MGM Studios Shorts & Films - 1934 - 2017 Blu Ray!
To promote their films and attract larger theater audiences, motion picture chains in the 1930s provided many features to supplement the main feature, including travelogues, serials, short comedy subjects, newsreels and cartoons. During the late 1920s, Walt Disney Productions had achieved huge popular and critical success with their Mickey Mouse cartoons for Pat Powers' Celebrity Pictures (distributing for Columbia Pictures). Several other studios, Metro-Goldwyn-Mayer among them, took note of Disney's success and began to look for ways to get Disney or compete.
MGM's first foray into animation was the Flip the Frog cartoon series, starring an anthropomorphic talking and singing frog. The series was produced independently for Celebrity Pictures by Ub Iwerks, formerly the head animator at the Disney studio. Celebrity Pictures' Pat Powers had hired Iwerks away from Disney with the promise of giving Iwerks his own studio, and was able to secure a distribution deal with MGM for the Flip the Frog cartoons. The first Flip the Frog cartoon, Fiddlesticks, was released in August 1930, and over two-dozen other Flip cartoons followed during the next three years. In 1933, the Flip character was dropped in favor of Willie Whopper, a new series featuring a lie-telling little boy. Willie Whopper failed to catch on, and MGM terminated its distribution deal with Iwerks and Powers, who had already begun distributing their Comi-Color cartoons on their own.
In February 1934 MGM signed a new deal with the Harman-Ising studio, which had just broken ties with producer Leon Schlesinger and the Warner Bros. studio over budget concerns, to work on a new series of high-budget color cartoons. The director team brought with them much of their staff from their time with Schlesinger, including animators and storymen such as Carmen "Max" Maxwell, William Hanna, and brothers Robert and Tom McKimson. (The McKimsons would later return to Schlesinger.) Also following Harman and Ising from Schlesinger was Bosko, a successful character the duo had created for the Warner cartoons.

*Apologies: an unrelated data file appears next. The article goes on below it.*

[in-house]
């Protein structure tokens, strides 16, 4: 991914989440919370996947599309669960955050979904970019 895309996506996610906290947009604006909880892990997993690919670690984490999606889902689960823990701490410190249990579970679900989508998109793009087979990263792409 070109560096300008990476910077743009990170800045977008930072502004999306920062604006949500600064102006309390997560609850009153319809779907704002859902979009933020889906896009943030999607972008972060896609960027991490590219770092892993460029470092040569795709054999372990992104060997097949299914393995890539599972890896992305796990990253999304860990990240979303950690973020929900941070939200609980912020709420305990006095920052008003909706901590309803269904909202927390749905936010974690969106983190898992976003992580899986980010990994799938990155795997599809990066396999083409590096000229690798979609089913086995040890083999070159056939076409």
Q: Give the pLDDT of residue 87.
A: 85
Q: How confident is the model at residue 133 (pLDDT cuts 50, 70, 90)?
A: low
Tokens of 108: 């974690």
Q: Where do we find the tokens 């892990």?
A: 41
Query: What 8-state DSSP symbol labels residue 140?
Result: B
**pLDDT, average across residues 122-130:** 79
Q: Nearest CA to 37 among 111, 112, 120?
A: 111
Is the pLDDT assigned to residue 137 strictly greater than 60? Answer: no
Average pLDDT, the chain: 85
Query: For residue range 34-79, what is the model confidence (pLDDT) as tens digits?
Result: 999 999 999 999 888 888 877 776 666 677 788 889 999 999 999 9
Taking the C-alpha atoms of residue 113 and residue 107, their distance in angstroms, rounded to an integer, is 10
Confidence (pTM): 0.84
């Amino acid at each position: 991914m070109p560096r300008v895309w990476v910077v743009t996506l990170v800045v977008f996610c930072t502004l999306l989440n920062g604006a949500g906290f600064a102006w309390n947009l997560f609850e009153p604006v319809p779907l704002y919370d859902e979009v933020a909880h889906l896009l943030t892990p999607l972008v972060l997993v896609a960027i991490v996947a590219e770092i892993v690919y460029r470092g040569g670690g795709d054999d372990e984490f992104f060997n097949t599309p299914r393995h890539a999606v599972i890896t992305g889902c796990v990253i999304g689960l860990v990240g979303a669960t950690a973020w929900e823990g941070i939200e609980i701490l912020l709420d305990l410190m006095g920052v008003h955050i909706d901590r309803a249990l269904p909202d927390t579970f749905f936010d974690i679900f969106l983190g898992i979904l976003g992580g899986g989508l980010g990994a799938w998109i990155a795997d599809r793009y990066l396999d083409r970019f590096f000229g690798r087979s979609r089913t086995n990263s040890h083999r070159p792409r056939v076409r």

The first entry in MGM's new Happy Harmonies cartoon series, The Discontented Canary, was completed in June 1934 and released in September. The series continued for three years, moving from two-strip to three-strip Technicolor in 1935. The Happy Harmonies canon included a handful of entries starring Bosko, who by 1935 had been redesigned from an ambiguous "inkspot" character into a discernible little African-American boy. The directors worked separately on their own films, although both strived to create intricate films that would compete with Disney's award-winning Silly Symphonies.
However, budget problems threatened to plague Harman and Ising a second time: Happy Harmonies cartoons regularly ran over budget, and Hugh Harman paid no heed to MGM's demands that he reduce the costs of the shorts. MGM retaliated in February 1937 by deciding to open their own cartoon studio, and hired away most of the Harman-Ising staff to do so. The final Happy Harmonies short, The Little Bantamweight, was released in March 1938, and Harman and Ising went on to establish a new studio to do freelance animation work for Walt Disney, only to come back.
For the 1934 MGM musical film Hollywood Party, Walt Disney Productions created an animated sequence in Technicolor called The Hot Choc-Late Soldiers, and is one of a few examples where Disney produced animation for other studios. The movie also contained a sequence with Jimmy Durante interacting with an animated Mickey Mouse. In 1936, Disney's animators were overworked with Snow White and the Seven Dwarfs and the Harman-Ising studio provided artists to work on the feature and the Silly Symphonies short Merbabies in exchange to artist training.